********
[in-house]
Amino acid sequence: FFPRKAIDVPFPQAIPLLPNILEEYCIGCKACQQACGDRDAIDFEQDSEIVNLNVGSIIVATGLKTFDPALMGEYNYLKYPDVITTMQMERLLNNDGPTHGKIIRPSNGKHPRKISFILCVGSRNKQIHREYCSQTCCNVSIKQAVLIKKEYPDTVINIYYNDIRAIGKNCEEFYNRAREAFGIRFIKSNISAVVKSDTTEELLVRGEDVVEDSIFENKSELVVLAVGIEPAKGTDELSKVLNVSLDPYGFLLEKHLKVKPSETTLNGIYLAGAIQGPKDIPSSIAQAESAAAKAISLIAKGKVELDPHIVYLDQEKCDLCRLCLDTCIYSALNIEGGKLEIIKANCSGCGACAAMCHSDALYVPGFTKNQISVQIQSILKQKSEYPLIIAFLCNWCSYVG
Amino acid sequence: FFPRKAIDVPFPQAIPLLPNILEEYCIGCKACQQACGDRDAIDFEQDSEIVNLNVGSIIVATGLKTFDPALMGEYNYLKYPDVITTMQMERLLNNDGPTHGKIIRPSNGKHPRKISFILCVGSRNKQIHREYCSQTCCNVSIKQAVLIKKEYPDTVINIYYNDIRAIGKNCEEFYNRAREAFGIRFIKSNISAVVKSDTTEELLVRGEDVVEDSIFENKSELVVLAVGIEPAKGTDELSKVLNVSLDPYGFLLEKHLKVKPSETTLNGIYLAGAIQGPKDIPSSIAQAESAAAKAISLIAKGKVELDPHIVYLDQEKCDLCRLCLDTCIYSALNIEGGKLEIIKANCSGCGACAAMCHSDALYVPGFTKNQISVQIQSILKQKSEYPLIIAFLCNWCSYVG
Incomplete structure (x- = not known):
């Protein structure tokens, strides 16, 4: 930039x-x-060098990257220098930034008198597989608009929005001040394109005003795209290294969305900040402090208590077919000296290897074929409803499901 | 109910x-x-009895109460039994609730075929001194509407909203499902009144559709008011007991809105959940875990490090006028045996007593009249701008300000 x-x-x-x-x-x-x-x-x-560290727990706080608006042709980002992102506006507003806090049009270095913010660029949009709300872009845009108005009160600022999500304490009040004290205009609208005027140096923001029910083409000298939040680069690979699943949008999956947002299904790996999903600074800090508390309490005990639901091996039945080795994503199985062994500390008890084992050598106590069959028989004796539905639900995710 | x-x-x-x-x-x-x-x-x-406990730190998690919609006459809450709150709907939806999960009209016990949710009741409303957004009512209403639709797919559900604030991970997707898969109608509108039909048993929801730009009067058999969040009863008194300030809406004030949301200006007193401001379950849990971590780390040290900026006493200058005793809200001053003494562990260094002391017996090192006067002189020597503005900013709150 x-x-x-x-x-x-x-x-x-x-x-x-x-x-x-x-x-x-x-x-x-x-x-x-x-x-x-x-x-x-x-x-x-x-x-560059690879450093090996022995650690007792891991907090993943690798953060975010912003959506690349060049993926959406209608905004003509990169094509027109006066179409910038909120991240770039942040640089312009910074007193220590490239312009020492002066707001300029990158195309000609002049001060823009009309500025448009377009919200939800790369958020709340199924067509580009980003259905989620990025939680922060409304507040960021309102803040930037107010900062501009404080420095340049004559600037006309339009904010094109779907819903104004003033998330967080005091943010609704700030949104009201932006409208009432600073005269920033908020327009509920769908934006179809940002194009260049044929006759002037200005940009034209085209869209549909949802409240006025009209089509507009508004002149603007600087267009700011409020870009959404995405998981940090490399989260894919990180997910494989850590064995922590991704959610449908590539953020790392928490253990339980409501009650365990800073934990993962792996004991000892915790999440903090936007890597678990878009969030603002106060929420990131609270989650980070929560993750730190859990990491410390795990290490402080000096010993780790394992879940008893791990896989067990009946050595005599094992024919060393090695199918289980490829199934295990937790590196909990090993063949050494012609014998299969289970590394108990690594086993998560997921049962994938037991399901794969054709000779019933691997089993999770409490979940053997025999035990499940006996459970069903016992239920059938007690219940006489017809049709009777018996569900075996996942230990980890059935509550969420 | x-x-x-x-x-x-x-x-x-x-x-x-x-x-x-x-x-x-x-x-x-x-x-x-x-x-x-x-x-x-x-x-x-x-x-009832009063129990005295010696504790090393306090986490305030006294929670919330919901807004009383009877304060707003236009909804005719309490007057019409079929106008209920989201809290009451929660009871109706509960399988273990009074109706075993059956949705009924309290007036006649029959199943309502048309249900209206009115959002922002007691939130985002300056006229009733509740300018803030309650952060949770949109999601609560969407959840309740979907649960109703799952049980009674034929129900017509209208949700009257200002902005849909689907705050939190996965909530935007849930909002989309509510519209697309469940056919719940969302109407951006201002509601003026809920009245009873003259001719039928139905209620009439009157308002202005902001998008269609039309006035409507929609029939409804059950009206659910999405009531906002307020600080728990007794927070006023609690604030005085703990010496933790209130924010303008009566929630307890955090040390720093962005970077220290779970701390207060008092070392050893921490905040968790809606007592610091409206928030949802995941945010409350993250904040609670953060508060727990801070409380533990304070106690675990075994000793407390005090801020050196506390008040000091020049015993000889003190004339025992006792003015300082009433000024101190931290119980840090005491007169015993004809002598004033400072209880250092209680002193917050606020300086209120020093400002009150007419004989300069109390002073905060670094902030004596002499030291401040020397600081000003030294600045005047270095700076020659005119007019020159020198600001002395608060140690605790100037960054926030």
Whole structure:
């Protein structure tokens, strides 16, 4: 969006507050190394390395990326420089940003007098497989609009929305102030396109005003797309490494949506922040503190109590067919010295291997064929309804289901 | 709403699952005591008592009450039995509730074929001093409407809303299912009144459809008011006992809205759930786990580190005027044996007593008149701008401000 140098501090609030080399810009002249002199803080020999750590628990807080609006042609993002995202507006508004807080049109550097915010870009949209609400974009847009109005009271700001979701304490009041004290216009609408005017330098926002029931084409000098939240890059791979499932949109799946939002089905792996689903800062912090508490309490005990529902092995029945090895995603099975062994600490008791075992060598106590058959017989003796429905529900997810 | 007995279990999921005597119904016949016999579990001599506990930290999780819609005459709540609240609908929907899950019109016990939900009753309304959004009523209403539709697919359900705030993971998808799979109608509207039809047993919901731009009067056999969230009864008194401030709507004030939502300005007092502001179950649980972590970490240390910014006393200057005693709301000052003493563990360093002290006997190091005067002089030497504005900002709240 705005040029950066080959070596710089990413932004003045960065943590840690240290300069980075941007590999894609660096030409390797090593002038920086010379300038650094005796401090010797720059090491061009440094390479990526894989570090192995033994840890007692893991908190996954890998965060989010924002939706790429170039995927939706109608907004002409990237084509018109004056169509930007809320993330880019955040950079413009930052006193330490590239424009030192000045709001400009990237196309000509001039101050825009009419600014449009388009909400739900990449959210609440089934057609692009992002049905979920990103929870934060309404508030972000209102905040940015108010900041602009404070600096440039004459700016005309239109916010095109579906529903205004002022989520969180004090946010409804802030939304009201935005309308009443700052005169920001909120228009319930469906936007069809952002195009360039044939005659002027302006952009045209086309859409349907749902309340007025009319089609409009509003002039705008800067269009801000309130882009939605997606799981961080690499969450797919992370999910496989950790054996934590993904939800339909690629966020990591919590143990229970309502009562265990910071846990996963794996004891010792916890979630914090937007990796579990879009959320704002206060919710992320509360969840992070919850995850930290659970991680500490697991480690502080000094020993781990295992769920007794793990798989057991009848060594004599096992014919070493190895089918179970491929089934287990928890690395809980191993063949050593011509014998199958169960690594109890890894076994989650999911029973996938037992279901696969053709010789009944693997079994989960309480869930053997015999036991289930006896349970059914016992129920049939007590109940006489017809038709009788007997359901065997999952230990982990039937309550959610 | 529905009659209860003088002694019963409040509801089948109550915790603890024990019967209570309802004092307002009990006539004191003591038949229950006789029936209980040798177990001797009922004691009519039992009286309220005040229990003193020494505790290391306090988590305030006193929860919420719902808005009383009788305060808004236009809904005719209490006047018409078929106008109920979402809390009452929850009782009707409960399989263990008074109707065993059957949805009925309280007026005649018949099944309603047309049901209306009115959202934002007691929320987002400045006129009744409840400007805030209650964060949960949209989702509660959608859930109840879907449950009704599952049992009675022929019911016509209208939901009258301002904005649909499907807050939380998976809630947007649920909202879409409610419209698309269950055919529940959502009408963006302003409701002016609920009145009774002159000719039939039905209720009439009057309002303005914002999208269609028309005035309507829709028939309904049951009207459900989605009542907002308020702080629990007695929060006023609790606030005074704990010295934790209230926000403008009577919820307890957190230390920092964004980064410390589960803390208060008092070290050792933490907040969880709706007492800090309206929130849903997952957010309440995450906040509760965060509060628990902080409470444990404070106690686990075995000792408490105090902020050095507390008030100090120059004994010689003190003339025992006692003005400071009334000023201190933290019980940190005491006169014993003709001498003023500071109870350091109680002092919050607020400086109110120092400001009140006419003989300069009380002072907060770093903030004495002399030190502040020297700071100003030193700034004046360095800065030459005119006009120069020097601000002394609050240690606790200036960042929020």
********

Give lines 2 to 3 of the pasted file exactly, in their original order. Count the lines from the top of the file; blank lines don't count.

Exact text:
Amino acid sequence: FFPRKAIDVPFPQAIPLLPNILEEYCIGCKACQQACGDRDAIDFEQDSEIVNLNVGSIIVATGLKTFDPALMGEYNYLKYPDVITTMQMERLLNNDGPTHGKIIRPSNGKHPRKISFILCVGSRNKQIHREYCSQTCCNVSIKQAVLIKKEYPDTVINIYYNDIRAIGKNCEEFYNRAREAFGIRFIKSNISAVVKSDTTEELLVRGEDVVEDSIFENKSELVVLAVGIEPAKGTDELSKVLNVSLDPYGFLLEKHLKVKPSETTLNGIYLAGAIQGPKDIPSSIAQAESAAAKAISLIAKGKVELDPHIVYLDQEKCDLCRLCLDTCIYSALNIEGGKLEIIKANCSGCGACAAMCHSDALYVPGFTKNQISVQIQSILKQKSEYPLIIAFLCNWCSYVG
Amino acid sequence: FFPRKAIDVPFPQAIPLLPNILEEYCIGCKACQQACGDRDAIDFEQDSEIVNLNVGSIIVATGLKTFDPALMGEYNYLKYPDVITTMQMERLLNNDGPTHGKIIRPSNGKHPRKISFILCVGSRNKQIHREYCSQTCCNVSIKQAVLIKKEYPDTVINIYYNDIRAIGKNCEEFYNRAREAFGIRFIKSNISAVVKSDTTEELLVRGEDVVEDSIFENKSELVVLAVGIEPAKGTDELSKVLNVSLDPYGFLLEKHLKVKPSETTLNGIYLAGAIQGPKDIPSSIAQAESAAAKAISLIAKGKVELDPHIVYLDQEKCDLCRLCLDTCIYSALNIEGGKLEIIKANCSGCGACAAMCHSDALYVPGFTKNQISVQIQSILKQKSEYPLIIAFLCNWCSYVG